Have you ever see the French film The Red Balloon? It’s a classic from the 1950’s and well worth a viewing—it’s on Netflix. Anyway, it takes place in the 20th arrondissement of Ménilmontant.  Montmartre, the 18th arrondissement, an area, quartier, in Paris, near where I am staying at my friend’s apartment, reminds me so of this film. I took a walk in the hilly district, heading towards the Musee de Montmartre, I was curious about the Absinthe and Music Hall culture of this infamous area. It’s a great walking district, full of ancient staircases, (like those featured in the film) stunning views and, alas, too many tourists. I stumbled across a small urban vineyard and OF COURSE some well known Cabaret/Music Hall spots made famous by the Bohemian crowd of the 19th and 20th century including Toulouse L’Autrec. The day was humid, with bursts of sunlight, Paris living up to it’s nickname as ‘The City of Light’. I stopped for a $5 coffee at the base of the majestic Sacre Coeur having negotiated the gauntlet of Africans selling Eiffel Tower key chains and trinkets. Oddly enough for the first time in my life I actually do want to buy one for my boys who are so entranced by the structure (I couldn’t bring myself to part with the nearly $10 they were asking for a 32-inch high rendition of the tower). I descended further and was asked by an old lady to help her open her door. It must be said French doors, locks, keys, entrances are quite challenging. She was a bit disoriented, but of course I would help her with her shopping and the door. It was a classic scene, sad really, trying to stay living independently as she always has. Continue reading »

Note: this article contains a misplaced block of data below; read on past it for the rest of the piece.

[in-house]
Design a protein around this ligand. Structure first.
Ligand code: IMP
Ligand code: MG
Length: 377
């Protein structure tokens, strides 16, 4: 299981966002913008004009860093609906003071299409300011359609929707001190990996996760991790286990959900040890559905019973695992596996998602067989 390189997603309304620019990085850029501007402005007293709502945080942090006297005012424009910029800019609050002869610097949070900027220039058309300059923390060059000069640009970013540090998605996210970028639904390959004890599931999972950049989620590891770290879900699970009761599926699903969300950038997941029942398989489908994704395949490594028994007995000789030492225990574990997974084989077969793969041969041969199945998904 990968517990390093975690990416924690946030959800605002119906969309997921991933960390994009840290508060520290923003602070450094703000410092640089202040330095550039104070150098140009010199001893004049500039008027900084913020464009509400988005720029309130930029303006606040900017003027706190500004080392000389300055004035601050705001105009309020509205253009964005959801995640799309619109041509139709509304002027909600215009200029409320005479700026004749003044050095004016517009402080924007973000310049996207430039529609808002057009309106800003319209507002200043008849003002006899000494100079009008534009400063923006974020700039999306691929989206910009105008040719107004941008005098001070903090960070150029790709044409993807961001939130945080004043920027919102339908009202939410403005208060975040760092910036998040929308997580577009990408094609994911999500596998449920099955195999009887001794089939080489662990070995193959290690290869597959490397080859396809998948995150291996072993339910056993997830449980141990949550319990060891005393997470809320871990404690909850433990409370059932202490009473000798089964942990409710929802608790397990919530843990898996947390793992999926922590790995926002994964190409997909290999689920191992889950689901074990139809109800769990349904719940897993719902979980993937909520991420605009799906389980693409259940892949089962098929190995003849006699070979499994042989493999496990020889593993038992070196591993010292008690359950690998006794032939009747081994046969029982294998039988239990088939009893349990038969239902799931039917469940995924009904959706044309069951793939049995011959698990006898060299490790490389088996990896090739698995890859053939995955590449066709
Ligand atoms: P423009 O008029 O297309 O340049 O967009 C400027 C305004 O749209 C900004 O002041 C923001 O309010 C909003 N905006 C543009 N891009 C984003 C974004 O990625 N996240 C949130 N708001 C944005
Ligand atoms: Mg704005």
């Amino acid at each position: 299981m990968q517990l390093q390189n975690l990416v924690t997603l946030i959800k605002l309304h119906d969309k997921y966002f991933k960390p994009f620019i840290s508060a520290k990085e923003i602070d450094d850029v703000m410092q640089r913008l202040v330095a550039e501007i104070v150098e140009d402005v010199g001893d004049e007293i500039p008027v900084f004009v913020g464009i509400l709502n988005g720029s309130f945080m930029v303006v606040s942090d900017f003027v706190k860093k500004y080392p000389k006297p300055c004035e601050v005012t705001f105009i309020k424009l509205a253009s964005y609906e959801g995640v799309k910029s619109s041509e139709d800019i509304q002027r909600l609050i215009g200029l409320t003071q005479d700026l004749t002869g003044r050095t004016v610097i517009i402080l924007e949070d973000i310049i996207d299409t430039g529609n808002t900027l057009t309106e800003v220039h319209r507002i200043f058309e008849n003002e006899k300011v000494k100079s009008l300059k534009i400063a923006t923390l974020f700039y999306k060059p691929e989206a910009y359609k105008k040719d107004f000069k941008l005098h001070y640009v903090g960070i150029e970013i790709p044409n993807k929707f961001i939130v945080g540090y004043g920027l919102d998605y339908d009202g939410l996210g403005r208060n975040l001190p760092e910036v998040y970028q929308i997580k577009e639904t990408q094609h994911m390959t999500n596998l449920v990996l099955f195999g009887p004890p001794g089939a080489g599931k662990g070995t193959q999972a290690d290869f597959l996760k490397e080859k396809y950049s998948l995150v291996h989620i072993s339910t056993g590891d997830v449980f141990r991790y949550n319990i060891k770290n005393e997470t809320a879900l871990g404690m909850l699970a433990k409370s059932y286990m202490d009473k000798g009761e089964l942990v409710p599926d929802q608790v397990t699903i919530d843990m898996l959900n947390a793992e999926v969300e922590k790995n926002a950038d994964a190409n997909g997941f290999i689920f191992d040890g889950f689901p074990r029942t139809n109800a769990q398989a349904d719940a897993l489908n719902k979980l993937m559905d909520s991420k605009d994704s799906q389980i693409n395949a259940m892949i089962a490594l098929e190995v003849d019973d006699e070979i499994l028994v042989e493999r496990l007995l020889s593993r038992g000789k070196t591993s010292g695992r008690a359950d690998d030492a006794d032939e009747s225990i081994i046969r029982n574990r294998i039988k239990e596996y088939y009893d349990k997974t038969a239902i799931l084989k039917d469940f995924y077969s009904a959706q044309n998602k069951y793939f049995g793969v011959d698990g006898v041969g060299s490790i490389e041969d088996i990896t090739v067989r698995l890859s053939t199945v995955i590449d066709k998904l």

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La ville est plus belle a velo—The city is more beautiful by bike—VELIB in Paris

I studied here in college, married a French guy and lived here for a few years; I feel I know Paris pretty well—OK well that was mostly in the 20th century. Some things are so the same… the familiar smell of the metro, the dog poo on the cobblestone streets, the near ghost town in August as all Parisians high tail it to the coast or country or abroad–heck even hospitals close but not the Pigalle red light district! Cities evolve, populations morph, culture mutates.. Here are a few brief observations: Continue reading »